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Originally posted by Zosynspiracy
Molecular manufacturing and nanotechnology is akin to automated assembly lines. It will put more people out of work than it will create jobs. And much of that technology is in no way right around the corner. You're talking years and years down the road. A LOT could happen in a few years as the country and the world spirals down the road of economic catastrophe.
Many of these people could find jobs created by the retirement of the baby boom generation.
First, over 60% (3.7%) of the growth came from inventory rebuilding, as opposed to just 0.7% in the third quarter. If you examine the numbers, you find that inventories had dropped below sales, so a buildup was needed. Increasing inventories add to GDP, while, counterintuitively, sales from inventory decrease GDP. Businesses are just adjusting to the New Normal level of sales. I expect further inventory build-up in the next two quarters, although not at this level, and then we level off the latter half of the year.
While rebuilding inventories is a very good thing, that growth will only continue if sales grow. Otherwise inventories will find the level of the New Normal and stop growing. And if you look at consumer spending in the data, you find that it actually declined in the 4th quarter, both annually and from the previous quarter. "Domestic demand" declined from 2.3% in the third quarter to only 1.7% in the fourth quarter. Part of that is clearly the absence of "Cash for Clunkers," but even so that is not a sign of economic strength.
"Perhaps more than anything else, failure to recognize the precariousness and fickleness of confidence-especially in cases in which large short-term debts need to be rolled over continuously-is the key factor that gives rise to the this-time-is-different syndrome. Highly indebted governments, banks, or corporations can seem to be merrily rolling along for an extended period, when bang!-confidence collapses, lenders disappear, and a crisis hits."
Originally posted by MikeNice81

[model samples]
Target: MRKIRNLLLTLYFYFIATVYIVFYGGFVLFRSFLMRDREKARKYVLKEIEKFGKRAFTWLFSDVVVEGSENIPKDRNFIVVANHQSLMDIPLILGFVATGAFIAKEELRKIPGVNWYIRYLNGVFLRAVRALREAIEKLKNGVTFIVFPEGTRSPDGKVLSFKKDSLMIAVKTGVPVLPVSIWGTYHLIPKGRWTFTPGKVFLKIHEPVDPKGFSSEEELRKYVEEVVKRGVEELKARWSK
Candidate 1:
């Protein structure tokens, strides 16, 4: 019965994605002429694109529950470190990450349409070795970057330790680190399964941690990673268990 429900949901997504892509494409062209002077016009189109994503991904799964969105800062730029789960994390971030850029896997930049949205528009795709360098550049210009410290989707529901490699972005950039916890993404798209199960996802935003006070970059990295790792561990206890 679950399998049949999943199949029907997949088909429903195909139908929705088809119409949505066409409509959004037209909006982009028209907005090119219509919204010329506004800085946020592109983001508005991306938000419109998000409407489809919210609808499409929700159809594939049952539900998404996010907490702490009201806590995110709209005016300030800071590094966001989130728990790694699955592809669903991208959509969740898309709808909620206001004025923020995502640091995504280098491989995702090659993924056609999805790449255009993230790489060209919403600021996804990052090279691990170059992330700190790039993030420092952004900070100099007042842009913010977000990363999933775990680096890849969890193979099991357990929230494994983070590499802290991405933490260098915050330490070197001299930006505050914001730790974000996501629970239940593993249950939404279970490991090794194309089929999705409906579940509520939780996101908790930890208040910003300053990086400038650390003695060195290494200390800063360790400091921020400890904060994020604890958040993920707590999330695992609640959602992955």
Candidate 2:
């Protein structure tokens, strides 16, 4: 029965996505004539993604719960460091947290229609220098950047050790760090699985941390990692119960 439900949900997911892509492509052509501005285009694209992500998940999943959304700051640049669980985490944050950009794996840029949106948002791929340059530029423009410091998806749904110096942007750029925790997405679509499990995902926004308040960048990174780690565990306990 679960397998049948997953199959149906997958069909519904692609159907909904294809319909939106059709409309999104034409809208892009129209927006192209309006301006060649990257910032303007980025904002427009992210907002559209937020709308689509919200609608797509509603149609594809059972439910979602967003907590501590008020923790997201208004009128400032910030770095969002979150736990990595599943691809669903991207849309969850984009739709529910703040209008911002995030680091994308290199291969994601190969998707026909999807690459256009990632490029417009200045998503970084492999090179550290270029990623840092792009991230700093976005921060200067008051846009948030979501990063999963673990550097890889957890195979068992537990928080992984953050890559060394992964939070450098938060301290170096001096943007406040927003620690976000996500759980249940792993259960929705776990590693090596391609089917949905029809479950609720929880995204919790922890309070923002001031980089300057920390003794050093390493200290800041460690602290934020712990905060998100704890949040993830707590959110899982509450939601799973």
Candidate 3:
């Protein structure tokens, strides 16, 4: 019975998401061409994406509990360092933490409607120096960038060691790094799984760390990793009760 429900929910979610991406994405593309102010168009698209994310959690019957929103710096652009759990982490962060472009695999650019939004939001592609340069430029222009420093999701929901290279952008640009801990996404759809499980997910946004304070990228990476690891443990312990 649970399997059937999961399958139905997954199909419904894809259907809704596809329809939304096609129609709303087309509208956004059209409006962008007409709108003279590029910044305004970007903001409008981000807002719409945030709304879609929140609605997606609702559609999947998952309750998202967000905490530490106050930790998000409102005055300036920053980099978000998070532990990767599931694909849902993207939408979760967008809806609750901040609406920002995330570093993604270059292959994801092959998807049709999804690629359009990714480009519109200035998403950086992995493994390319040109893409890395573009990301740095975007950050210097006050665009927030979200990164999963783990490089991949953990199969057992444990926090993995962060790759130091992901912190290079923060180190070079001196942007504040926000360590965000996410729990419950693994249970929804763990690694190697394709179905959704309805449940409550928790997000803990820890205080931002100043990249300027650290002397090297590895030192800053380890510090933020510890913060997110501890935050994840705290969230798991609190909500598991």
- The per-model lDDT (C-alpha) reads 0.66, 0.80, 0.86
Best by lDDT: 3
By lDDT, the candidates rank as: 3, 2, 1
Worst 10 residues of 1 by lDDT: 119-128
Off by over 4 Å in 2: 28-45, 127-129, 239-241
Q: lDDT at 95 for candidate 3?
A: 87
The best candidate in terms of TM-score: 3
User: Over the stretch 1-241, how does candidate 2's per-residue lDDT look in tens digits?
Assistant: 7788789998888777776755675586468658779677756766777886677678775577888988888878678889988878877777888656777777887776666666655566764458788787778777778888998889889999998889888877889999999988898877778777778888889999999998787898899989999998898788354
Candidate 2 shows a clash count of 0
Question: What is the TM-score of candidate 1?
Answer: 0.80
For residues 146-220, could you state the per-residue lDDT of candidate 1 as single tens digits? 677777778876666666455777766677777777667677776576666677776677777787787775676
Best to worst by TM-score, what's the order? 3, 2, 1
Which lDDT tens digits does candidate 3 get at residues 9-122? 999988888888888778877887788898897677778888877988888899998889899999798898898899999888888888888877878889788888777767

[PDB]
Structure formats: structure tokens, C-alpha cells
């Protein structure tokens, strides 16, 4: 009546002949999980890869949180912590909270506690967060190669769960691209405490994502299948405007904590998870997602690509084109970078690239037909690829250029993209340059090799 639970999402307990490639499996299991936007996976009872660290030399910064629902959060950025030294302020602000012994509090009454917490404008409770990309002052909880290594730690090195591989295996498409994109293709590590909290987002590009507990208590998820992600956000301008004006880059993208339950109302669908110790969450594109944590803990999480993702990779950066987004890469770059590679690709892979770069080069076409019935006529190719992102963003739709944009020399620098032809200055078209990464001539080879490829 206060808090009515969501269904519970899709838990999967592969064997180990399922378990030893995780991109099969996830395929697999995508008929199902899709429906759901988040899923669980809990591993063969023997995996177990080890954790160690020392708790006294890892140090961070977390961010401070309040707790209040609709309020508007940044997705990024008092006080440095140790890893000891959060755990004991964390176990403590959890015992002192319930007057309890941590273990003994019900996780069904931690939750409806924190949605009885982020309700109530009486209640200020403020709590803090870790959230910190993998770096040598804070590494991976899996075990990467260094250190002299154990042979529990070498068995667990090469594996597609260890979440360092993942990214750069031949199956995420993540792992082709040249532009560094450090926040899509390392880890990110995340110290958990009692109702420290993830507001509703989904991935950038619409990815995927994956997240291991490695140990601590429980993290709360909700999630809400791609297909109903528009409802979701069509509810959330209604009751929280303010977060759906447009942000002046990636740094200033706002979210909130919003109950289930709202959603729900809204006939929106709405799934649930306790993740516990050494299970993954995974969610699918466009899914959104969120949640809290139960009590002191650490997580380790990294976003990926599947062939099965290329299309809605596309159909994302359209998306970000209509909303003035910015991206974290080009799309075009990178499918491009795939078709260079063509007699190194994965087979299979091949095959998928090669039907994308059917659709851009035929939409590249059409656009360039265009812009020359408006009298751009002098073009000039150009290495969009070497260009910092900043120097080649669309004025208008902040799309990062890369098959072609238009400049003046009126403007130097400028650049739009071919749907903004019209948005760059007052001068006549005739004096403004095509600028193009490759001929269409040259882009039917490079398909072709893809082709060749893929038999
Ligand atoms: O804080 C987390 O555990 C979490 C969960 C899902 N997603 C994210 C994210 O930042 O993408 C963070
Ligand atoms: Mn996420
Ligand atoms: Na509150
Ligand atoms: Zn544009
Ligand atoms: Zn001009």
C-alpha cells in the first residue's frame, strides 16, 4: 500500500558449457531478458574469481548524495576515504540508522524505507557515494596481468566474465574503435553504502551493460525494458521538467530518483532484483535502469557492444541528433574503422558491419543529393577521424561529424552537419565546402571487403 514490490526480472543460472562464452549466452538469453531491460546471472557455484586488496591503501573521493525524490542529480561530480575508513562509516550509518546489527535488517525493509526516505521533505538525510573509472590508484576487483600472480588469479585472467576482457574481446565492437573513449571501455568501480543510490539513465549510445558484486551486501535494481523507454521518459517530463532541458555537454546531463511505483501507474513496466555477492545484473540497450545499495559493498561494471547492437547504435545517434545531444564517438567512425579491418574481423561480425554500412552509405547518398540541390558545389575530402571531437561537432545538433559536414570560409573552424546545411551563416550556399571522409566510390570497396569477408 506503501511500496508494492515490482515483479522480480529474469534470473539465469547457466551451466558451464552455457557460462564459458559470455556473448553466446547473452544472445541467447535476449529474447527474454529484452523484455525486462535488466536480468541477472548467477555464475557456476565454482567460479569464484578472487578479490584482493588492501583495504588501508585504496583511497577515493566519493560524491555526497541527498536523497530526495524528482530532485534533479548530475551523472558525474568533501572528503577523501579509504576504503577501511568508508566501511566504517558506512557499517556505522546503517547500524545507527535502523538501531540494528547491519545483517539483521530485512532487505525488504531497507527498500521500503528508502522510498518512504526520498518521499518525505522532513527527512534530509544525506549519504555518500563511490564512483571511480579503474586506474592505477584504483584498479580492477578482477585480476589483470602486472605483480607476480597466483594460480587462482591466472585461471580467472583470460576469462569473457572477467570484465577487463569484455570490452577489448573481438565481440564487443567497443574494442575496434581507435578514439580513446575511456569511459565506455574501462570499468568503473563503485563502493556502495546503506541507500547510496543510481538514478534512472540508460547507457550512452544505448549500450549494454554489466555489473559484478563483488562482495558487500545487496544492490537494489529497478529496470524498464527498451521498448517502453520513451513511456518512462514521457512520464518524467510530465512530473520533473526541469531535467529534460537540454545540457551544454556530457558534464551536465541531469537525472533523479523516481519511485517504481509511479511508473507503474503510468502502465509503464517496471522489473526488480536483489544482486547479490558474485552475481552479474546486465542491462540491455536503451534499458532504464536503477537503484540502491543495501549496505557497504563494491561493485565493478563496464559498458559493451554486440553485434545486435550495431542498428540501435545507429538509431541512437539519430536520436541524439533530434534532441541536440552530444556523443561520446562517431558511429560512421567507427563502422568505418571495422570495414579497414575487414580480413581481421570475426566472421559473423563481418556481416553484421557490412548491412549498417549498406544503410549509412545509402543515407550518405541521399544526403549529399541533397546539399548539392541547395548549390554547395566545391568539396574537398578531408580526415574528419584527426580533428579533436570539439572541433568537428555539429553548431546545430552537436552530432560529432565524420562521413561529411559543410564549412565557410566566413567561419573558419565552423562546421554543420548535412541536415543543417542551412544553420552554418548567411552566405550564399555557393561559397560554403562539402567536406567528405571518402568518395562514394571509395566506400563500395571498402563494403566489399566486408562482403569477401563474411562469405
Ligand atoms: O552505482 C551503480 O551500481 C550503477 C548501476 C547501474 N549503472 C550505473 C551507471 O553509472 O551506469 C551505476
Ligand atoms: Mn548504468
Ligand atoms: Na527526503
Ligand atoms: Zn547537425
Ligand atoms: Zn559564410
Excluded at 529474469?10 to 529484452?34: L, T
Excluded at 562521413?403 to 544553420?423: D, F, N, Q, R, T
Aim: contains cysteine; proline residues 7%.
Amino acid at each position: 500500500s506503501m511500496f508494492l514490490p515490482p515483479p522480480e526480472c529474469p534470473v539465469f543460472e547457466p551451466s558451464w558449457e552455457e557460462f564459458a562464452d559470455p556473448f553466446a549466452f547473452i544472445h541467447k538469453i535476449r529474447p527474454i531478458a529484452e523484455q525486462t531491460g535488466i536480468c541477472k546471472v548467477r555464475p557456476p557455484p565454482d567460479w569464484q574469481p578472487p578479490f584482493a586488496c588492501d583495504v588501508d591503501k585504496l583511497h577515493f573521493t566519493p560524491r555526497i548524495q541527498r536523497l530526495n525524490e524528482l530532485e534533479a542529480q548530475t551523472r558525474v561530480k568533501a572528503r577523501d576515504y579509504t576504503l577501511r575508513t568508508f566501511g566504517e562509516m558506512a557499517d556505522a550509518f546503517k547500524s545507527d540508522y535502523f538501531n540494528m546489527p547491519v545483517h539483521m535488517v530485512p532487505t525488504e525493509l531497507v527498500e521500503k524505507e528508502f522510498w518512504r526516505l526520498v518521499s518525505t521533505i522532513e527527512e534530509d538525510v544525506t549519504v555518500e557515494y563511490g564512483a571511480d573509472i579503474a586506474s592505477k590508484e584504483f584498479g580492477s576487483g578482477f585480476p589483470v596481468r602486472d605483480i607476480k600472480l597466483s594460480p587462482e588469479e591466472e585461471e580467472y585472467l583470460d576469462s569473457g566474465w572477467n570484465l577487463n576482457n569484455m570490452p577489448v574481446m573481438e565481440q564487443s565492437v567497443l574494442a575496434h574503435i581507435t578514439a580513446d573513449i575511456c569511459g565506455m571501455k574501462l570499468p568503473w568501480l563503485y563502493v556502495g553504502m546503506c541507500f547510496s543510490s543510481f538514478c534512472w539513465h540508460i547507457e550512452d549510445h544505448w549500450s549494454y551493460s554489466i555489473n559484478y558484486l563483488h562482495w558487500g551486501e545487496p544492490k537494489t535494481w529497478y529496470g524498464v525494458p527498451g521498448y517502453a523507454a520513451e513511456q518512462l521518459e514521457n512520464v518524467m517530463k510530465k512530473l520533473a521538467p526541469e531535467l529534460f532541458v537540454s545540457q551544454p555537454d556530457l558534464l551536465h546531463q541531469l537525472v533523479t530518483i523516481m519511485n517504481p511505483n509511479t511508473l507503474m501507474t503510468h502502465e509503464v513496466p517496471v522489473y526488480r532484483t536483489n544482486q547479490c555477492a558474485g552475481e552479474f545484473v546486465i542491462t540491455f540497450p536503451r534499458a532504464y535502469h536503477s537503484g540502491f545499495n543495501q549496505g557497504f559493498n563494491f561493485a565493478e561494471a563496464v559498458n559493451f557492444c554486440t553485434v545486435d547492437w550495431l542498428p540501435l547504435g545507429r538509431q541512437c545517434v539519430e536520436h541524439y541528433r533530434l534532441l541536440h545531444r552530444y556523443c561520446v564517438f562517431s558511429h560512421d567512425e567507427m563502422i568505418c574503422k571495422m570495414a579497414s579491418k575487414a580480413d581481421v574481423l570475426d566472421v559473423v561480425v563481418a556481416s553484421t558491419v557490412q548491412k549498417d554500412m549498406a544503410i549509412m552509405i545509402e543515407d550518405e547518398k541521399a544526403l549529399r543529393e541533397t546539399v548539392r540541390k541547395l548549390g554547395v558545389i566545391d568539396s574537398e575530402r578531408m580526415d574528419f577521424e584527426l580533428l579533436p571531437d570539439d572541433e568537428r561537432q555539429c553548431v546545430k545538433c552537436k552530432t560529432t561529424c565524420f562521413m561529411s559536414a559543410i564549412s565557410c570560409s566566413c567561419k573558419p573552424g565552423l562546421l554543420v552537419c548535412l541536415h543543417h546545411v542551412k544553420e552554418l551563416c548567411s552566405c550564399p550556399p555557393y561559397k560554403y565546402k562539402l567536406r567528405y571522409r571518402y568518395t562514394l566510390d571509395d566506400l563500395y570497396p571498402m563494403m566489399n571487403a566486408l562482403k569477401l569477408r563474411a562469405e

reply to post by Jessicamsa
Thank you for that information. It really puts things in focus if Wal ~ Mart is laying off.
Credit card debt is quickly eroding in the U.S., a good sign for the American consumer's personal financial health.
Also, while paying down consumer debt -- particularly excessive debt -- is a good thing, the very fact of Americans getting their budgets in order will present another hurdle for the U.S. economic recovery.
That's because in addition to cutting debt, the U.S. economy needs at least selected consumers to spend in order to stimulate the economy. But simultaneously saving more while buying at a robust rate is a dilemma. There's scant economic theory to suggest a nation can successfully pull that trick off. If PIMCO Global Strategic Advisor Richard Clarida's analysis is correct, the "new normal" is a U.S. GDP growth rate in the recovery stage of about 2 percent -- far below the 5 percent to 7 percent rate the U.S. typically registers early in a recovery.
Economic Analysis: Without question, Americans remain in belt-tightening mode, something you'd expect during a recession, but this cycle's pronounced slump, with its large job losses and accompanying financial crisis, has taken economizing to levels not seen in decades. While Americans are bringing their debt down to more serviceable levels, they're also concerned about the U.S. economy's health -- a view that, historically, means delayed consumer purchases.
US consumers are still cutting their credit use unprecedentedly. Outstanding credit card debt is about $855bn, down from $980bn in 2008. Analysts see it falling another $80bn this year.
During periods of American economic expansion in the 1950s, ’60s and ’70s, the number of private-sector jobs increased about 3.5 percent a year, according to an analysis of Labor Department data by Lakshman Achuthan, managing director of the Economic Cycle Research Institute, a research firm. During expansions in the 1980s and ’90s, jobs grew just 2.4 percent annually. And during the last decade, job growth fell to 0.9 percent annually.
“The pace of job growth has been getting weaker in each expansion,” Mr. Achuthan said. “There is no indication that this pattern is about to change.”
Traditionally, three sectors have led the way out of recession: automobiles, home building and banking. But auto companies have been shrinking because strapped households have less buying power. Home building is limited by fears about a glut of foreclosed properties. Banking is expanding, but this seems largely a function of government support that is being withdrawn.
At the same time, the continued bite of the financial crisis has crimped the flow of money to small businesses and new ventures, which tend to be major sources of new jobs. link - pg 2